Yes, I am at a mature age, no question. 🙂
      Leisure, I wish.

      As you know with your bookwriting/familyjuggling/dayjobwriting, you fit in what you can, prioritizing along the way.
      And thanks for helping me provoke my professor, who is probably younger than I.
      If anything else comes to your amazing mind (before Wednesday, that is), feel free to add to my knowledge bank.

    • Another image to make the same point, Steve: If we see farther it is because we stand on the shoulders of giants (or at least of those who came before).

      I think it comes from Newton.

  3. Your storytelling, in thisshort story, achieves its purpose: to include your readers in the final stages of your book’s birth, and also to evoke emotion and wonder through a death.

    The last moments of Mr. Halberstam’s life–so rich with action and drama–end with a stranger in a smashed car.

    Again, you remind us of the contrasts.

    Maybe it is my mood today, but this story made me very sad.

    • The details of the crash would make you sadder. The banality of the place, the trip, the crash … So pointless.
      Not Death in Venice, but Death in Menlo Park, at the second traffic light off the Dumbarton Bridge, Sun Microsystems on one side, Willow Road on the other. It kills me when I turn left there.

    • I turn left there every Wednesday night on my way to class.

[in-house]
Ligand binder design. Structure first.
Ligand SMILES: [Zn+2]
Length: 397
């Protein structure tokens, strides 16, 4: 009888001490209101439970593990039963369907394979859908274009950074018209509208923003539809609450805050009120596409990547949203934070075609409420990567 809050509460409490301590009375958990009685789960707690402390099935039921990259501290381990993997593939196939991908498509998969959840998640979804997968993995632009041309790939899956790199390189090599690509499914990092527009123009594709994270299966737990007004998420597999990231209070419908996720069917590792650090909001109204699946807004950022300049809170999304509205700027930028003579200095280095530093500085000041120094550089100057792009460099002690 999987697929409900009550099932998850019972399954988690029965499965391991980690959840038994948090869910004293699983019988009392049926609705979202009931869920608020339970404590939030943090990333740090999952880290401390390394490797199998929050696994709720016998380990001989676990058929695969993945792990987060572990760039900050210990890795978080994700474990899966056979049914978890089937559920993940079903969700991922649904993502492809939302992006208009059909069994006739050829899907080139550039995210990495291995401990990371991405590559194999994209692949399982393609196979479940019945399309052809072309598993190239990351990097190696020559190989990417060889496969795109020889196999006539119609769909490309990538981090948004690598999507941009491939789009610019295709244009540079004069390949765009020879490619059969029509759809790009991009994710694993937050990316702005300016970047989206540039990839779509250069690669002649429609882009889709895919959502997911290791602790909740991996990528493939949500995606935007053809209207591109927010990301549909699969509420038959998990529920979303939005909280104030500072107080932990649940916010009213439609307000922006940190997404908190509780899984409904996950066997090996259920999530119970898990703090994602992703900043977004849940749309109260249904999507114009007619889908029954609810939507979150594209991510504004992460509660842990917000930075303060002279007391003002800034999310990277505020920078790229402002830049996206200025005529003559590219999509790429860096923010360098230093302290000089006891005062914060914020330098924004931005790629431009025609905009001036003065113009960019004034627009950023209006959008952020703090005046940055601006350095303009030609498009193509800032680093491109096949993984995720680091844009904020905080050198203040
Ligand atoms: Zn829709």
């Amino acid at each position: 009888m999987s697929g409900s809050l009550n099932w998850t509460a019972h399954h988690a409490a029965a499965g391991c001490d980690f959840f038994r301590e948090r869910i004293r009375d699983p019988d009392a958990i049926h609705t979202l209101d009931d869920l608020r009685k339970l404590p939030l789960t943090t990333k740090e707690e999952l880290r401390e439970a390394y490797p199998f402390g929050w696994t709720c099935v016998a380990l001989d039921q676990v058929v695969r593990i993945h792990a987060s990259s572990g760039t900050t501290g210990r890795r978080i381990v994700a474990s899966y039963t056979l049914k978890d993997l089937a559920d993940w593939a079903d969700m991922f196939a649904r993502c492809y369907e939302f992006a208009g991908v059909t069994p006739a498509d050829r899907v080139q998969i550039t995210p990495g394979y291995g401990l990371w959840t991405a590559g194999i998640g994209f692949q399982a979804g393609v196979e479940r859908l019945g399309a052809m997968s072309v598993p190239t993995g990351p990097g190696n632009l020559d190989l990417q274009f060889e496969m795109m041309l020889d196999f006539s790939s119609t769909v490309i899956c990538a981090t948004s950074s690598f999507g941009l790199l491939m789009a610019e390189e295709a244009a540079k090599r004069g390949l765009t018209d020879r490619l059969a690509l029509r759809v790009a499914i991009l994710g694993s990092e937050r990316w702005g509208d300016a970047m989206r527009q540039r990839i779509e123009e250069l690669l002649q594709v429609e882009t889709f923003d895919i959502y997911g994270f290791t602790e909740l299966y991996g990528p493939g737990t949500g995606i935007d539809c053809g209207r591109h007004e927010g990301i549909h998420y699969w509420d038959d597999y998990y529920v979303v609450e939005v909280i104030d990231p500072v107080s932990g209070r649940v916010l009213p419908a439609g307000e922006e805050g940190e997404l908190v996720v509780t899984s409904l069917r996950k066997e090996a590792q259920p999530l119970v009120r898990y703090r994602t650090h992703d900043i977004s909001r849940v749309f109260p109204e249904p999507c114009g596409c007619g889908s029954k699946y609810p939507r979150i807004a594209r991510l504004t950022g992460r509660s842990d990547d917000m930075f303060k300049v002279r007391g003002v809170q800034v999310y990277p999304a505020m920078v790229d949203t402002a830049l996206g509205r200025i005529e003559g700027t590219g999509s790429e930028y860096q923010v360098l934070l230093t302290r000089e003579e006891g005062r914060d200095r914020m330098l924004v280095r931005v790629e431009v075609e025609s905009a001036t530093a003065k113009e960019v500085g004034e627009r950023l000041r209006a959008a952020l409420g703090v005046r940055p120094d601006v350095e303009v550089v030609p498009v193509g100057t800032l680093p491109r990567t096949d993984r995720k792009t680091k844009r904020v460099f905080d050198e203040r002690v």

Now, as always do on Highway 46 in the Central Valley where James Dean died in his fiery crash, I will think of David Halberstam as I make my turn. ;(

  4. as a an inquirer, is there such a thing as a “less pointless death”? is not the point of death to remind us of the fragility of life?

    not that any answer to these questions would negate your feelings of sadness and loss. whatever you learned from mr. halberstam’s life you have put to good use for your readers.

    • My father passed away in 2001. Having, like most of us, lived a life of quiet desperation. He was eventually done in by a heart irreversibly damaged by a “silent heart attack” some 15 years prior. He knew he was dying for the last four years or so of his life and this took its toll on him also. On his mind. the last two were the worst because he grew increasingly weaker and more helpless. As my mother once remarked, “he just sits there each day waiting to die.” And he often grumbled “If I had known what it would be like…” referring to his decision to have a Pacemaker inserted at the time they found out about his heart condition.

      We talked around it mostly, not directly acknowledging the fact. But I once offered to him that we all want to believe that we will live a full and happy life and then simply die in our sleep one night but that is rarely how it happens. I told him he might consider that he had 78 years in a strong healthy body and try to count his blessings. I immediately felt bad for suggesting such a thing.

      In the end, he died in his sleep a few days after I requested his ventilator be removed (the hardest decision I have ever made). The ventilator should never have been used but his Do Not Resuscitate order was ignored or not seen.

      My point? I think there is no easy way to die except quickly. And that maybe the necessity is something we do not understand.

      My condolences on your loss.